178 articles from WEDNESDAY 3.11.2021

Covid has caused 28m years of life to be lost, study finds

Oxford researchers arrive at virus’s toll in 31 countries by looking at deaths and age they occurredCoronavirus – latest updatesSee all our coronavirus coverageCovid has caused the loss of 28m years of life, according to the largest-ever survey to assess the scale of the impact of the pandemic.The enormous toll was revealed in research, led by the University of Oxford, which calculated the...

It takes cellular teamwork to heal the intestine

A meticulous single-cell analytical approach to study the repair process of rotavirus-caused injury in an animal model revealed that the damaged epithelium contains a variety of cell types involved in repairing it through broad coordinated responses that ultimately heal the damaged tissue.

Comparing photosynthetic differences between wild and domesticated rice

Millions of people in Asia are dependent on rice as a food source. Believed to have been domesticated as early as 6000 BCE, rice is an important source of calories globally. In a new study from the RIPE project, researchers compared domesticated rice to its wild counterparts to understand the differences in their photosynthetic capabilities. The results can help improve future rice productivity.

History of insect invasions offers insight into the future

Over the past two centuries, thousands of non-native insects have hitchhiked to the United States in packing material, on live plants, and in passenger baggage. Scientists with two U.S. Department of Agriculture (USDA) agencies and their partners used the history of live plant imports and invasion by a common group of insects to estimate the rate at which new insects are arriving and how many new...

History of insect invasions offer insight into the future

Results from a recently published study suggest that efforts to reduce biological hitchhiking on live plant imports, often referred to as 'biosecurity,' are working. However, more than a century of invasion by Hemiptera insects also suggests that increased trade might offset the effects of improved biosecurity. As many as 25 percent of invading Hemiptera insects may have yet to be detected in the...

A Comet May Have Exploded Over Chile 12,000 Years Ago—and it Could Happen Again

You wouldn’t want much to do with Chile’s Atacama Desert today. Officially designated the driest place in the world, it has an average annual rainfall of just 15 mm (0.6 in.). Some parts of the 103,000 sq. km (40,500 sq. mi) expanse get no rain at all. But 12,000 years ago, at the end of the Pleistocene era, things were different. Megafauna like sloths and early horses roamed what...

India’s 2070 net-zero pledge is achievable, appropriate, and right on time

India has officially joined the net-zero pledge club, and its 2070 target presents a reasonable, if challenging, timeline for the country. The commitment was announced by Prime Minister Narendra Modi on November 1 at the COP26 UN climate conference. While the target date is still decades away, and later than the 2050 goal set by many other countries, experts say it’s an ambitious and...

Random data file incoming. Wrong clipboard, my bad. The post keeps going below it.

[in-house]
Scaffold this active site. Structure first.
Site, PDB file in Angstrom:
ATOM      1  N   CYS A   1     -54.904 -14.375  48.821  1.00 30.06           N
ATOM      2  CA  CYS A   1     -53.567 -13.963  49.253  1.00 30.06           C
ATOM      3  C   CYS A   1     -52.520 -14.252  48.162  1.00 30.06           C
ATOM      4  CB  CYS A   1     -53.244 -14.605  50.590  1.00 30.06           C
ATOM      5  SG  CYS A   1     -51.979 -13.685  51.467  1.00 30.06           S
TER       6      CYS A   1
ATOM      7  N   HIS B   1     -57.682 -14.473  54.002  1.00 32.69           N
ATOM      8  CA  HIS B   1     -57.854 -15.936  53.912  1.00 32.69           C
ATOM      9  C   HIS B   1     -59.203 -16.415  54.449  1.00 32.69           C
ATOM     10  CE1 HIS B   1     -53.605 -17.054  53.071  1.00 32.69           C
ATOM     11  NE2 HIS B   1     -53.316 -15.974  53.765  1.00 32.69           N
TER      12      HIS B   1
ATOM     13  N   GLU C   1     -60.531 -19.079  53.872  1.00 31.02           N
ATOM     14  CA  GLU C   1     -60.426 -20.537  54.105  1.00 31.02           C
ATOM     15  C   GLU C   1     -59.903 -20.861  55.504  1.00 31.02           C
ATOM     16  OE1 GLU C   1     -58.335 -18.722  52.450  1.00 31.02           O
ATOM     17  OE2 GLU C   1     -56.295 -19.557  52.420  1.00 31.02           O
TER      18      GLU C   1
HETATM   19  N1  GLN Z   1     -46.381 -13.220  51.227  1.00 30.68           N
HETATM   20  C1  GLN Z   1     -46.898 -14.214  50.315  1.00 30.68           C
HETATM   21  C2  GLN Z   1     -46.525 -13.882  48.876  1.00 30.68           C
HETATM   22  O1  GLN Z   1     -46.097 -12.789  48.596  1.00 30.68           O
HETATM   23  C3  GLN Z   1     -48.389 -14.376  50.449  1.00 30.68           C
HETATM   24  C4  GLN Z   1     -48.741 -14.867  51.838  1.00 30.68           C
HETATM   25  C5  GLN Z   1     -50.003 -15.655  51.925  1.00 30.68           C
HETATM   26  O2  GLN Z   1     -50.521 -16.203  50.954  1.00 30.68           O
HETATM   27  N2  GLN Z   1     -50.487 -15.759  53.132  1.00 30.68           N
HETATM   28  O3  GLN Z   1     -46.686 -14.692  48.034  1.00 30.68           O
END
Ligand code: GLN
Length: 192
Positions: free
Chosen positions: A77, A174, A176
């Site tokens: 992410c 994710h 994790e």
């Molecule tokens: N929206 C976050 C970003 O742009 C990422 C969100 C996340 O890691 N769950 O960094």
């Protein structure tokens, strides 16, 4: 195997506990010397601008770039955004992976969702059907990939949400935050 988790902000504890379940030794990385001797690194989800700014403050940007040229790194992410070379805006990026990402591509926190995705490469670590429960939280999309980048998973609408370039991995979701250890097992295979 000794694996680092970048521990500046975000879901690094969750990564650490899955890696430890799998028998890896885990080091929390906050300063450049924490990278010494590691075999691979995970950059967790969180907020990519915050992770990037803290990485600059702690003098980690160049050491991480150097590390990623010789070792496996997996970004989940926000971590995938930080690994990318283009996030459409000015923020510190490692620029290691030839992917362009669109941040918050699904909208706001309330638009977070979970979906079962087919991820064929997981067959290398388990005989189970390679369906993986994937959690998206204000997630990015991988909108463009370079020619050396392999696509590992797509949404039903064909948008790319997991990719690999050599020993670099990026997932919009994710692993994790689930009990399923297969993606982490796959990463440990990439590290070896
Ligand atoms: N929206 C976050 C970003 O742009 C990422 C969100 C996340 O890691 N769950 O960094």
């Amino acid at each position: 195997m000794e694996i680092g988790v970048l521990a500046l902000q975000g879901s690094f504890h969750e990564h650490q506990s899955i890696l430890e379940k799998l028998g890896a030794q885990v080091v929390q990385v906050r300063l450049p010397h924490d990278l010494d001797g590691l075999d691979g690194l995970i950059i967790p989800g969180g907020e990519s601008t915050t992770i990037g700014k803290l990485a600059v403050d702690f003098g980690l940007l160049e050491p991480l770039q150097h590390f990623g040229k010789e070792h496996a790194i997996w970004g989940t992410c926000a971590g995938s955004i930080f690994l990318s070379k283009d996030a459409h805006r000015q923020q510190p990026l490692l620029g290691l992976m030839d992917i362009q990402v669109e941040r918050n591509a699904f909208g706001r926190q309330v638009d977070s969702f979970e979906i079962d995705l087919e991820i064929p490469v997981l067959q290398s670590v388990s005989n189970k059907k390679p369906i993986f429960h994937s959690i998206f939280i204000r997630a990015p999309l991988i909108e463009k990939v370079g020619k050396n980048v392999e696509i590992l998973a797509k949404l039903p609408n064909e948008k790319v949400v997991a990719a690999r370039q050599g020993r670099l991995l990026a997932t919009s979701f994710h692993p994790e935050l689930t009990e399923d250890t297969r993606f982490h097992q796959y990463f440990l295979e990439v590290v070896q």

Hester McFarland Solomon obituary

My friend, Hester McFarland Solomon, who has died aged 78, dedicated her professional life to the treatment of psychological illness, as a noted Jungian psychoanalyst of the developmental school. She rose to the heights of her profession as an analyst, author, teacher and administrator, and in 2007 became only the second female president of the International Association for Analytical Psychology...

Laboratory will illuminate formation, composition, activity of comets

Researchers have developed a laboratory to simulate comets in space-like conditions. The goal of the Comet Physics Laboratory is to understand the internal structure of comets, as well as how their constituent materials form and react. Many of the lab's future experiments will involve creating sample comet materials with differing compositions. By testing those materials in the space-like chamber,...

Autonomous robotic rover helps scientists with long-term monitoring of deep-sea carbon cycle and climate change

For the past seven years, an autonomous robotic rover, Benthic Rover II, has been continuously operational 225 kilometers off the coast of central California and 4,000 meters below the ocean's surface. This innovative mobile laboratory has further revealed the role of the deep sea in cycling carbon. The data collected by this rover are fundamental to understanding the impacts of climate change on...

A new dimension in magnetism and superconductivity is launched

An international team of scientists from Austria and Germany has launched a new paradigm in magnetism and superconductivity, putting effects of curvature, topology, and 3D geometry into the spotlight of next-decade research. The results are published in Advanced Materials.

Combining two ‘old therapies’ packs a powerful punch against pediatric brain tumors

Copper has been clinically improving the lives of people since about 1500 BCE, when an Egyptian physician first recorded its use as a treatment for inflammation. Some 35 centuries later, researchers have provided solid evidence that the first metal used medicinally may now have a new role -- helping save children from a devastating central nervous system cancer known as medulloblastoma.